Five months ago, Horace Holmes sat down and wrote a letter to his grandson.
It was the first letter he had ever written anyone.
His only grandchild, R.J. Greene, has not seen the letter. It will be a gift from his G. Pop on his first birthday in three weeks.
Of course, R.J. cannot read. His grandfather would not have been able to read it a few years ago.
Horace is a local photographer and minister and a highly respected member of this community.
Although he suffered from a reading disorder, nobody outside his family and close circle of friends knew he was illiterate.
He spent the majority of his life covering it up while trying to make sense of all those consonants and vowels being tossed around like letters on a giant scrabble board.
After he learned to read, he wrote his first letter. It was straight from the heart.
Your Granddaddy has something very important to tell you -- your granddaddy did not really learn to read till he was 55 years old, even though I have a three-page resume. I (have) been on Air Force One. I have photographed great men and women. I have made Coca-Cola a lot of money when I worked for them. I am an internationally-known photographer and preacher and have a college degree, but I could not really read. You see, my dyslexia kept me from learning what you will learn as a four or five-year-old. Thats why I am writing this -- to tell you how important it is that you learn to read.
Horace ended the 793-word letter by telling R.J. the story of how he had enrolled at an adult education class at Central Georgia Technical College.
His instructor, Phyllis Dorn, began working with him on a new phonics-based program. It provided him with the building blocks to start reading and the courage to stop hanging his head in shame.
Just driving down the road and being able to read billboards and license plates suddenly brought him great happiness.
One day you will know that joy, too. Embrace it! Love it and share it with your children! Learning to read is almost as important as breathing -- no, it is breathing! You will breathe life into everything you do if you can read.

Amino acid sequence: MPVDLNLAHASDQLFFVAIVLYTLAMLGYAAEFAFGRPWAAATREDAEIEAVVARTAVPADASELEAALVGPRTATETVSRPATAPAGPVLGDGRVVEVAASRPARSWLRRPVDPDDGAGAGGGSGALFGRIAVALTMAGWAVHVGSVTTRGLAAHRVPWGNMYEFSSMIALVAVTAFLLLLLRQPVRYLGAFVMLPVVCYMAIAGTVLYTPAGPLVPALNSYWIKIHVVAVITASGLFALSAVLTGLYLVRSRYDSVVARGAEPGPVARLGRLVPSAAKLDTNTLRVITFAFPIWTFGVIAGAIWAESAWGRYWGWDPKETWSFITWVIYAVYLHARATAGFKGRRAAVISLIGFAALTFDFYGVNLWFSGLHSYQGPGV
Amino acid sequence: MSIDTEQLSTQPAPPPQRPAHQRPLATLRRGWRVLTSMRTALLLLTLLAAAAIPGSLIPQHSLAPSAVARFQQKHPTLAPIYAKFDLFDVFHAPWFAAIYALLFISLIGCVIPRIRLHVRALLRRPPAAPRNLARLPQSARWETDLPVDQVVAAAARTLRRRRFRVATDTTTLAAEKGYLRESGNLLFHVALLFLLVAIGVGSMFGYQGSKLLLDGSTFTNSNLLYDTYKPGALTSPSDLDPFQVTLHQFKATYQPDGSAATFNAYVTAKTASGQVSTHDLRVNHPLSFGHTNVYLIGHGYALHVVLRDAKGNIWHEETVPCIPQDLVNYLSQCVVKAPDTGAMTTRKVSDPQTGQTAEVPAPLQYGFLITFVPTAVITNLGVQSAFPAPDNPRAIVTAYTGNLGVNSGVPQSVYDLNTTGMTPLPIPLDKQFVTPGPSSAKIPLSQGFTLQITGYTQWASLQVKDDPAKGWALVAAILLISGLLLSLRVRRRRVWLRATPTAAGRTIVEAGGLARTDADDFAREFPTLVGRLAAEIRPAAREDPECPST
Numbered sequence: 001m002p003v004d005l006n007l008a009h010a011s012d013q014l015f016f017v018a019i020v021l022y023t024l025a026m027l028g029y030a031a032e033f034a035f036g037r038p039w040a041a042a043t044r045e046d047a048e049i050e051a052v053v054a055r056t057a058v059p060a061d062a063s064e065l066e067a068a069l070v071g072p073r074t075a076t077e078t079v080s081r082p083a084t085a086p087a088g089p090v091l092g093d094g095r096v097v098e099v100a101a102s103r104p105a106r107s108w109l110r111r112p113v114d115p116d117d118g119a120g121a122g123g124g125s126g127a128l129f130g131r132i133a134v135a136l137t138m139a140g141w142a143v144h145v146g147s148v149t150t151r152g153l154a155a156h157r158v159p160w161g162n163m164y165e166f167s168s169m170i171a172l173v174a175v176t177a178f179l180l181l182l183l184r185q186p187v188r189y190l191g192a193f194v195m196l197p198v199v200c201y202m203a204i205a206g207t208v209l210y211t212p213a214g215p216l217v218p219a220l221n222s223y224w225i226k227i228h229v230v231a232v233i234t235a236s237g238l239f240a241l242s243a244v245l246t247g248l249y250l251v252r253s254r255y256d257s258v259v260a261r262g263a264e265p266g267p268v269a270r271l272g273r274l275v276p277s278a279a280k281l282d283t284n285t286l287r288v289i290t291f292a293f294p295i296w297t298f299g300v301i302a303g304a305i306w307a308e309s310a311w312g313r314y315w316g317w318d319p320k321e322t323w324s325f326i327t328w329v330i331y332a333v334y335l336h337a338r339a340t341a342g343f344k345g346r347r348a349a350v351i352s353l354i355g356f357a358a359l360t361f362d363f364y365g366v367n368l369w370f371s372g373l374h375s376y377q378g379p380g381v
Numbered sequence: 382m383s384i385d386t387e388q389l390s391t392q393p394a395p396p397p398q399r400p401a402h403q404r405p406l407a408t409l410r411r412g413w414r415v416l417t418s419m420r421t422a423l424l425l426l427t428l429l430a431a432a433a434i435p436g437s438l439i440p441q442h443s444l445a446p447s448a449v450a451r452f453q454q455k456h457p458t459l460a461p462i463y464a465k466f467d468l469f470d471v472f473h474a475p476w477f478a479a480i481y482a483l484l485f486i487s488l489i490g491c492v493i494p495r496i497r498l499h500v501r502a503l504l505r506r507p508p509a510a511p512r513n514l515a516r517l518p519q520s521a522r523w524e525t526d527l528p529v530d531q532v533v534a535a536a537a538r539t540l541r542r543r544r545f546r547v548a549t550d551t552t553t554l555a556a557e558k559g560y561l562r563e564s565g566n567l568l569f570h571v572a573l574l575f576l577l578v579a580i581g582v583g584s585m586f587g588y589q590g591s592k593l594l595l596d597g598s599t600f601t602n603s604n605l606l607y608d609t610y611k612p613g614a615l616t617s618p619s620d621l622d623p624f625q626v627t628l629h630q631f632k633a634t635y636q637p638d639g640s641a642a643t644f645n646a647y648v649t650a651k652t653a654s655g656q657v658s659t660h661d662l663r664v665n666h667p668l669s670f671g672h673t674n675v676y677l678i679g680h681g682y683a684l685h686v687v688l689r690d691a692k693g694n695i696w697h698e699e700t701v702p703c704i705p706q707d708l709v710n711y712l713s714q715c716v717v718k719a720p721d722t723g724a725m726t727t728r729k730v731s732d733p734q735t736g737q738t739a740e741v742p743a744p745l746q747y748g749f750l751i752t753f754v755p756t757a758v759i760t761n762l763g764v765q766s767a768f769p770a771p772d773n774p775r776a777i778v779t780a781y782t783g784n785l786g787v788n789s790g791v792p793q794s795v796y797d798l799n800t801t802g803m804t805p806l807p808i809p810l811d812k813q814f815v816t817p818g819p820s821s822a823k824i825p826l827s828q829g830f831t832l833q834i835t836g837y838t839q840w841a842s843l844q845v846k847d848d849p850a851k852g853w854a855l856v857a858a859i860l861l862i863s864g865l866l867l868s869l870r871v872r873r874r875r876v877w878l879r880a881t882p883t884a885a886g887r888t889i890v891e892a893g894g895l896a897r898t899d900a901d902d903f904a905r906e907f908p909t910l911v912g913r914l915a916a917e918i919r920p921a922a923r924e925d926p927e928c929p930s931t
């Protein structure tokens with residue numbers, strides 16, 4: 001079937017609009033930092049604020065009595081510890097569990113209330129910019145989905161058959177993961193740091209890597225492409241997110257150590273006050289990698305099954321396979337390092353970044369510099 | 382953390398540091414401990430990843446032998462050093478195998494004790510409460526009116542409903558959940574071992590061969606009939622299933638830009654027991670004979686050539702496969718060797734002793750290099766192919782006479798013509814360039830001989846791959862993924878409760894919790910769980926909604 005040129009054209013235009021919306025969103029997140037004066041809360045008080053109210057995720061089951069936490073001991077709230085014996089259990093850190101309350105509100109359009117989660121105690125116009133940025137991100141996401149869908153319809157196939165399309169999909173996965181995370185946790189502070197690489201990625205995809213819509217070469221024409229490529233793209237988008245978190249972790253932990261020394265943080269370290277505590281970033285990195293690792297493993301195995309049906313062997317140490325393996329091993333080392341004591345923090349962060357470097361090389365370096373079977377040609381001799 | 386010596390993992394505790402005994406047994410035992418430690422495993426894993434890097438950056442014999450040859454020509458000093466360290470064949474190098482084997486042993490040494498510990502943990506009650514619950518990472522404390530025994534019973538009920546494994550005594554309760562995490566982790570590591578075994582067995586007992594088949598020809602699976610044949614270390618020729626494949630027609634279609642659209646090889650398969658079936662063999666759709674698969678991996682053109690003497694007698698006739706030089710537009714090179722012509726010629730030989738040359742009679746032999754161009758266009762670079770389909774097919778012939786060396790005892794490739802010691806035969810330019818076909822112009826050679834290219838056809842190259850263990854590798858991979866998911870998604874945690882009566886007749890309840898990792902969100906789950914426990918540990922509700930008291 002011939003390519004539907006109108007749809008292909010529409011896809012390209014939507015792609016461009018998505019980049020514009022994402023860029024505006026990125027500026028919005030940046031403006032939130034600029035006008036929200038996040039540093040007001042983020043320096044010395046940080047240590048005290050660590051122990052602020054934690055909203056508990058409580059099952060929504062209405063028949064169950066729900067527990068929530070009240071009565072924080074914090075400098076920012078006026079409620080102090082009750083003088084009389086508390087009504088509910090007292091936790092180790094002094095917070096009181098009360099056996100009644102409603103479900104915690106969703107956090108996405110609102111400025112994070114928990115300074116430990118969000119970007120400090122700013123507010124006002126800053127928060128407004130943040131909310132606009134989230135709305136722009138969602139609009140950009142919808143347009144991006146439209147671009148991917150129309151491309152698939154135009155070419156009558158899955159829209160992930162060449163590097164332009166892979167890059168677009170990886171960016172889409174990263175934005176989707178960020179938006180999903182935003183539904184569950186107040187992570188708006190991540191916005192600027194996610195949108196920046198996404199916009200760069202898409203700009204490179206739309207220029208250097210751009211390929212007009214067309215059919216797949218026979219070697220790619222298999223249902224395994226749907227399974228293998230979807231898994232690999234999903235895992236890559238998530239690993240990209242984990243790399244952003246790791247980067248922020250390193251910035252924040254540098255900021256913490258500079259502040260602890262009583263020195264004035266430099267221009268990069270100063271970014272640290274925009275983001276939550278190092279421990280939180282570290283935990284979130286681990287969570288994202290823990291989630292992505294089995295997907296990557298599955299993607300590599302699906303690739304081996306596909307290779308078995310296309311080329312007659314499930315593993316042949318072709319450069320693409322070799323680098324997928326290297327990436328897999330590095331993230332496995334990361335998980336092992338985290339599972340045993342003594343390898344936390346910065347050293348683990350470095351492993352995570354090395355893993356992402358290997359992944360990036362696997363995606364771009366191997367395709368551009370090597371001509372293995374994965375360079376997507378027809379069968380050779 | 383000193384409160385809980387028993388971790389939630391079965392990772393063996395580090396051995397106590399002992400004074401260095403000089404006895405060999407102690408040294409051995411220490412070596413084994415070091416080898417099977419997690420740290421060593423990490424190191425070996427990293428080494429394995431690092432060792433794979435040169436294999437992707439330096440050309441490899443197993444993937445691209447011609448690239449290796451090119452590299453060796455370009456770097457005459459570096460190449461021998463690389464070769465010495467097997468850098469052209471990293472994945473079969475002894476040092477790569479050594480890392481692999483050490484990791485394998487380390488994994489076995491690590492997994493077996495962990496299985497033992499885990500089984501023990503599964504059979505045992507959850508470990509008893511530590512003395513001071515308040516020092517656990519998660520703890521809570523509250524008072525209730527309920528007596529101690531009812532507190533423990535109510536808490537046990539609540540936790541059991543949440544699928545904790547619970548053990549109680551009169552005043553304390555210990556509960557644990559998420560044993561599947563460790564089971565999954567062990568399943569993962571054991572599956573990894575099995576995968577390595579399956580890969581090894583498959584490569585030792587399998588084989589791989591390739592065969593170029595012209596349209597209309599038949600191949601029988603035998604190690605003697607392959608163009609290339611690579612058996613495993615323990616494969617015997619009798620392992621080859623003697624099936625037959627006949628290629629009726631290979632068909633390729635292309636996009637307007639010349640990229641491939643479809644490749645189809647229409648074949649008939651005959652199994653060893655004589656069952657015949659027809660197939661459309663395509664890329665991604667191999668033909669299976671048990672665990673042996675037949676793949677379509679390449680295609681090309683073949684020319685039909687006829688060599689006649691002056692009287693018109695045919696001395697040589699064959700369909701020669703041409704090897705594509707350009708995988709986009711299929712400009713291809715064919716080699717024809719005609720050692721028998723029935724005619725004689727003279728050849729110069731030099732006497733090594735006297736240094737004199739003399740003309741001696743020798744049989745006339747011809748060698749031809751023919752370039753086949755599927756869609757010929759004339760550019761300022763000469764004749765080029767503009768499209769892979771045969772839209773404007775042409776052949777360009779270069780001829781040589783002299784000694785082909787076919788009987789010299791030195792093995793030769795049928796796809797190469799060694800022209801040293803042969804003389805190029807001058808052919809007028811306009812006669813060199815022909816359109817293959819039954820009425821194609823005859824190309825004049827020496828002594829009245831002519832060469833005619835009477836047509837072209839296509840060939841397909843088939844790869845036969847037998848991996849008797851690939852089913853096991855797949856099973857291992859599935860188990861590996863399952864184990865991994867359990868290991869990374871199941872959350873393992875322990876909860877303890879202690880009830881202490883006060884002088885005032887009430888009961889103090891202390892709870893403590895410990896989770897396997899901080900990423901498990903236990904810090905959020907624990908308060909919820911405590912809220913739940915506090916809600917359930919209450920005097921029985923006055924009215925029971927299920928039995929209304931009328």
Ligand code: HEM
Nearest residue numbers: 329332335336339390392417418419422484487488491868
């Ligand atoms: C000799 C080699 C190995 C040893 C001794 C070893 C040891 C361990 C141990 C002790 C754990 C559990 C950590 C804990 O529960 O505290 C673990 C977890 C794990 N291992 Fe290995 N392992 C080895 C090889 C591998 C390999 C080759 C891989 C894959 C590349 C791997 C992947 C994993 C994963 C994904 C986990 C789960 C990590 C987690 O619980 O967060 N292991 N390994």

Horace will wait until R.J. is old enough to tell him about how a copy of the letter traveled 183 miles to North Adams Street in Tallahassee, Fla.
It was sent to the Barbara Bush Foundation for Family Literacy. In June, Horace was notified his letter had been selected as one of the winners in the foundations Devotedly Dad letter contest.
September is National Literacy Month. The foundation, created by former first lady Barbara Bush, points out there are more than 30 million adults in the U.S. who are functionally illiterate. They cannot read a newspaper, a prescription label on a bottle of medicine or the ingredients on the side of a cereal box.
Learning to read has not been the only miracle in Horaces life. In June 2009, he was the commencement speaker when 44 graduates received their GED diplomas through Central Georgia Techs adult education program.
Almost a month to the day later, on his 59th birthday, Horace dropped by the Macon Volunteer Clinic to check out a problem he was having with his legs. His visit was anything but routine. The test results were alarming.
Horace was rushed to the hospital, where he had emergency surgery for six heart blockages, with four of the arteries closed at 100 percent.
How have you been alive? the doctors and nurses kept asking him. He developed pneumonia and a series of infections landed him back in the hospital again.
If he thought learning to read was difficult, he spent most of the next year undergoing physical therapy to regain the use of his motor skills.
I loved writing the letter to my grandson, but the most powerful part to me will be reading it to him, Horace said.
The birthday party for R.J. will be Oct. 6.
The following day will be pretty special, too. Its the 41st wedding anniversary for Horace and his wife, Yvonne.
In the past, Ive always just bought her a card, he said.
This time? Well ... I guess it can no longer be a secret.
Reach Gris at 744-4275 or email@example.com.